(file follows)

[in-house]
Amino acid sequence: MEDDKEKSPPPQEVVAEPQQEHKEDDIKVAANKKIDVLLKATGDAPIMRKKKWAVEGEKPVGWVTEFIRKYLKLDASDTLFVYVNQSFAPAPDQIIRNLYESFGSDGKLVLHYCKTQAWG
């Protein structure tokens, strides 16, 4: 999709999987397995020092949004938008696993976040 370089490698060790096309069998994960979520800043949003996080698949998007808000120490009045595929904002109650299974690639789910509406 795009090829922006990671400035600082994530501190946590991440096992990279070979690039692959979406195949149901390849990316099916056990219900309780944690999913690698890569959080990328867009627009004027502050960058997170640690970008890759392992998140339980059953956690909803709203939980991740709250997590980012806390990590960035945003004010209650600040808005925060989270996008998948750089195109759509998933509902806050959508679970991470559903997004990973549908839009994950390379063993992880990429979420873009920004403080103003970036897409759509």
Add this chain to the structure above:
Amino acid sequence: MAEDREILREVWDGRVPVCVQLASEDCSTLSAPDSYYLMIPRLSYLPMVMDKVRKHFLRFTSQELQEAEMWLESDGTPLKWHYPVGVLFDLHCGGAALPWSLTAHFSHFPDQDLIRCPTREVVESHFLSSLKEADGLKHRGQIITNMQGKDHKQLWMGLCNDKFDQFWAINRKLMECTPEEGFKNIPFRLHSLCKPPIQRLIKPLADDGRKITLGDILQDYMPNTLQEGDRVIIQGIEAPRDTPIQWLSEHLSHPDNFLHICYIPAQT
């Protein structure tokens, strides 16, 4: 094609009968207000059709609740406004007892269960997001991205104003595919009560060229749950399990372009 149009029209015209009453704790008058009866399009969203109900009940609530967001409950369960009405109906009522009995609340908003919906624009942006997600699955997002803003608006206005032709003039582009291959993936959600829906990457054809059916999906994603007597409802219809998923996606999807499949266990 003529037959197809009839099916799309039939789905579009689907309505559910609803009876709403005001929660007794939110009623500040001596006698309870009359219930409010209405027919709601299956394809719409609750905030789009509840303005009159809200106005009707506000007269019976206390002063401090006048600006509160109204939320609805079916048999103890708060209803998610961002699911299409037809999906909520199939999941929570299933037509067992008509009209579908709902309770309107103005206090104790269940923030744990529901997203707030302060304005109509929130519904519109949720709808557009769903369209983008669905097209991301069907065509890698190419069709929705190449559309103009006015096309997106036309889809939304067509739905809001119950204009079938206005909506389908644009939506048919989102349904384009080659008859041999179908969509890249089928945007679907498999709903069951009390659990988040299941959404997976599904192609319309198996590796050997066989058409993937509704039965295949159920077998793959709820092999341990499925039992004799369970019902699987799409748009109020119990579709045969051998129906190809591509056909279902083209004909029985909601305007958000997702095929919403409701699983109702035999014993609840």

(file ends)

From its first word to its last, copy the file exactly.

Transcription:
[in-house]
Amino acid sequence: MEDDKEKSPPPQEVVAEPQQEHKEDDIKVAANKKIDVLLKATGDAPIMRKKKWAVEGEKPVGWVTEFIRKYLKLDASDTLFVYVNQSFAPAPDQIIRNLYESFGSDGKLVLHYCKTQAWG
């Protein structure tokens, strides 16, 4: 999709999987397995020092949004938008696993976040 370089490698060790096309069998994960979520800043949003996080698949998007808000120490009045595929904002109650299974690639789910509406 795009090829922006990671400035600082994530501190946590991440096992990279070979690039692959979406195949149901390849990316099916056990219900309780944690999913690698890569959080990328867009627009004027502050960058997170640690970008890759392992998140339980059953956690909803709203939980991740709250997590980012806390990590960035945003004010209650600040808005925060989270996008998948750089195109759509998933509902806050959508679970991470559903997004990973549908839009994950390379063993992880990429979420873009920004403080103003970036897409759509």
Add this chain to the structure above:
Amino acid sequence: MAEDREILREVWDGRVPVCVQLASEDCSTLSAPDSYYLMIPRLSYLPMVMDKVRKHFLRFTSQELQEAEMWLESDGTPLKWHYPVGVLFDLHCGGAALPWSLTAHFSHFPDQDLIRCPTREVVESHFLSSLKEADGLKHRGQIITNMQGKDHKQLWMGLCNDKFDQFWAINRKLMECTPEEGFKNIPFRLHSLCKPPIQRLIKPLADDGRKITLGDILQDYMPNTLQEGDRVIIQGIEAPRDTPIQWLSEHLSHPDNFLHICYIPAQT
């Protein structure tokens, strides 16, 4: 094609009968207000059709609740406004007892269960997001991205104003595919009560060229749950399990372009 149009029209015209009453704790008058009866399009969203109900009940609530967001409950369960009405109906009522009995609340908003919906624009942006997600699955997002803003608006206005032709003039582009291959993936959600829906990457054809059916999906994603007597409802219809998923996606999807499949266990 003529037959197809009839099916799309039939789905579009689907309505559910609803009876709403005001929660007794939110009623500040001596006698309870009359219930409010209405027919709601299956394809719409609750905030789009509840303005009159809200106005009707506000007269019976206390002063401090006048600006509160109204939320609805079916048999103890708060209803998610961002699911299409037809999906909520199939999941929570299933037509067992008509009209579908709902309770309107103005206090104790269940923030744990529901997203707030302060304005109509929130519904519109949720709808557009769903369209983008669905097209991301069907065509890698190419069709929705190449559309103009006015096309997106036309889809939304067509739905809001119950204009079938206005909506389908644009939506048919989102349904384009080659008859041999179908969509890249089928945007679907498999709903069951009390659990988040299941959404997976599904192609319309198996590796050997066989058409993937509704039965295949159920077998793959709820092999341990499925039992004799369970019902699987799409748009109020119990579709045969051998129906190809591509056909279902083209004909029985909601305007958000997702095929919403409701699983109702035999014993609840």